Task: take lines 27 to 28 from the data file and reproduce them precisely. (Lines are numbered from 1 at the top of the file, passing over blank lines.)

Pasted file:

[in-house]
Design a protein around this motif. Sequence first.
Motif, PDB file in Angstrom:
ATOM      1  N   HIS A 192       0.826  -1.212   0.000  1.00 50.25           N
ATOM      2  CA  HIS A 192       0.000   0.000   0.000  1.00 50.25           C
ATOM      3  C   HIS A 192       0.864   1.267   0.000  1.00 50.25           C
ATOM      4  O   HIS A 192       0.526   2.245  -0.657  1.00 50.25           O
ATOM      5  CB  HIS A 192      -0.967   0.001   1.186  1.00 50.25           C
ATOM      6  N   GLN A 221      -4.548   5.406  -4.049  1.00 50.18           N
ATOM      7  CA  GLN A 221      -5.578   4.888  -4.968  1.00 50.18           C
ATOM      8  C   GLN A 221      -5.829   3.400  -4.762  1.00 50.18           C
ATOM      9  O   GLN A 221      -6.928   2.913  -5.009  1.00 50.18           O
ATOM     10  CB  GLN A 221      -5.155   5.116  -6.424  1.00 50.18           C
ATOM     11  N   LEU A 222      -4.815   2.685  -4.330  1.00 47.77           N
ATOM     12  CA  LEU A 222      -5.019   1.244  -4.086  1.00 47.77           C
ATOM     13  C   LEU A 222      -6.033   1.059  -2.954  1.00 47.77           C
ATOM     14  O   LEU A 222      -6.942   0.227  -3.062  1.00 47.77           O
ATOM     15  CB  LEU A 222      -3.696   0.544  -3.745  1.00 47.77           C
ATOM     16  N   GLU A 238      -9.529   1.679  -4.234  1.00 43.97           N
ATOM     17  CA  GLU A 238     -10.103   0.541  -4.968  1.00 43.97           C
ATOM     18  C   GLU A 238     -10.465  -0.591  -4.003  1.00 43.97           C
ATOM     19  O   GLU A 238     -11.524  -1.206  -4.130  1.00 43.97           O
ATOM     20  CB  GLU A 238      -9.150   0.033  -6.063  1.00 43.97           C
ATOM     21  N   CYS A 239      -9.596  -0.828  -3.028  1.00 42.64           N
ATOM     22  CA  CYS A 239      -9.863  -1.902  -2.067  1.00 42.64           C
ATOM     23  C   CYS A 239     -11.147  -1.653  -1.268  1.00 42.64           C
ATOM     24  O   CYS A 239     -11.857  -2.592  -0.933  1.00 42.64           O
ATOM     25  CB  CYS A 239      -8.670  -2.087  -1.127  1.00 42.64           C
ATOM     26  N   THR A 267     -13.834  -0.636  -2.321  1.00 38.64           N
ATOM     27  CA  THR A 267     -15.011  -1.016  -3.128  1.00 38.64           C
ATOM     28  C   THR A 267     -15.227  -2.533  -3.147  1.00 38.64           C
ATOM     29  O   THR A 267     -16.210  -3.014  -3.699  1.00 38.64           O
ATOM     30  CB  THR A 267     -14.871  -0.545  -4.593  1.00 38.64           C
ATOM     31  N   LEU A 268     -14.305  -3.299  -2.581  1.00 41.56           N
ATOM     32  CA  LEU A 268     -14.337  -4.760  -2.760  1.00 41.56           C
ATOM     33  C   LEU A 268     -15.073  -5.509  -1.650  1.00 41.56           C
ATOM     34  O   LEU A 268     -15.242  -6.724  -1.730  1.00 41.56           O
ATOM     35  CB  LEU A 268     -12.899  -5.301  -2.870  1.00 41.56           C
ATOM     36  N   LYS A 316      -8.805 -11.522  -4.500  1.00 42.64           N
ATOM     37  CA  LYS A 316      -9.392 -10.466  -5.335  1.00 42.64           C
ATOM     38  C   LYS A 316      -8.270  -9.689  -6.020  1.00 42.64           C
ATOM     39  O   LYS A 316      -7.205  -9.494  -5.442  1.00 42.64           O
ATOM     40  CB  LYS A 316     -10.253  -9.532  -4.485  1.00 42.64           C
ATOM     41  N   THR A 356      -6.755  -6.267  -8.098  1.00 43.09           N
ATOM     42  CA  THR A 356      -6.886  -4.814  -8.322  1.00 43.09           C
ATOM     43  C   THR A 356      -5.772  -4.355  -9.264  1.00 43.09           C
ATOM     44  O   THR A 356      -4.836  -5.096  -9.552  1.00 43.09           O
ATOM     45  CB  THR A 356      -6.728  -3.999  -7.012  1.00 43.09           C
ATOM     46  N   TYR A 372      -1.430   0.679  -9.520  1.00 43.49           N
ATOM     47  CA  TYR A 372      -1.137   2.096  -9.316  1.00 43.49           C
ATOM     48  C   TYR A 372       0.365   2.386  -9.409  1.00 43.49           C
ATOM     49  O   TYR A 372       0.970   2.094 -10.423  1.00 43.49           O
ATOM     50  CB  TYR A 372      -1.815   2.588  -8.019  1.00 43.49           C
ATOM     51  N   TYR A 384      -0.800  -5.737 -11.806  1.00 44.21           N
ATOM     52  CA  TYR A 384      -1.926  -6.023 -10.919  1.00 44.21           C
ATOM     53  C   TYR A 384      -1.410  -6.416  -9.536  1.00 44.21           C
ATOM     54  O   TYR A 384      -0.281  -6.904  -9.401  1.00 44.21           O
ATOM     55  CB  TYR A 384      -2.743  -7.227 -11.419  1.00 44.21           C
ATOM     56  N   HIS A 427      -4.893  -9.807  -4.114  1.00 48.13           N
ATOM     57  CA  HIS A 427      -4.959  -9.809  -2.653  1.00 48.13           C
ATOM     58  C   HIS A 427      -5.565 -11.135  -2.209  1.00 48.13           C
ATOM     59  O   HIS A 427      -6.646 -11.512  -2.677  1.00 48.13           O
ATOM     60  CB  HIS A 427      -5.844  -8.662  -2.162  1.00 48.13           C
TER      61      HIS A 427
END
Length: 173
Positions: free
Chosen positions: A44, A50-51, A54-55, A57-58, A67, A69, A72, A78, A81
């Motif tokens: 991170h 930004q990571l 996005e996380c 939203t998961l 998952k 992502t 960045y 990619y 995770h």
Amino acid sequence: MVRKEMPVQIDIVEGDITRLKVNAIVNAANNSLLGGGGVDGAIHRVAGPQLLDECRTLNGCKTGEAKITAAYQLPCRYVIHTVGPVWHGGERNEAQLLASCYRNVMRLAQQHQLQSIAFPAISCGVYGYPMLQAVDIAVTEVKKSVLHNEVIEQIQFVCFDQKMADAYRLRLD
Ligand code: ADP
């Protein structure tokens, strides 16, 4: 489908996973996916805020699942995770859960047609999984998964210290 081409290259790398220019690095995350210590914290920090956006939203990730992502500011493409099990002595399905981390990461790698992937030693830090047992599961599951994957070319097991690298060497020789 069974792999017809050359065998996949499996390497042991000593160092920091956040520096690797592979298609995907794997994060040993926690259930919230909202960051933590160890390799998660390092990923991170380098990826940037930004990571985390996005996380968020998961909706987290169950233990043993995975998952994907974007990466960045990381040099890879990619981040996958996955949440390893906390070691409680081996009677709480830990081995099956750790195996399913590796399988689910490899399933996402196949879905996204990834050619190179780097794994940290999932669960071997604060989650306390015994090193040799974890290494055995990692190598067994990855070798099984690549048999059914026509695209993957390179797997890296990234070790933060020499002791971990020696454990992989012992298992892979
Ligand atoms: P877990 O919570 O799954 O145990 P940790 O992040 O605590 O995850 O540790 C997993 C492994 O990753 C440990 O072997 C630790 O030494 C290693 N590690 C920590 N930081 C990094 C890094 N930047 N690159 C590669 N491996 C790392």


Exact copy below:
ATOM     24  O   CYS A 239     -11.857  -2.592  -0.933  1.00 42.64           O
ATOM     25  CB  CYS A 239      -8.670  -2.087  -1.127  1.00 42.64           C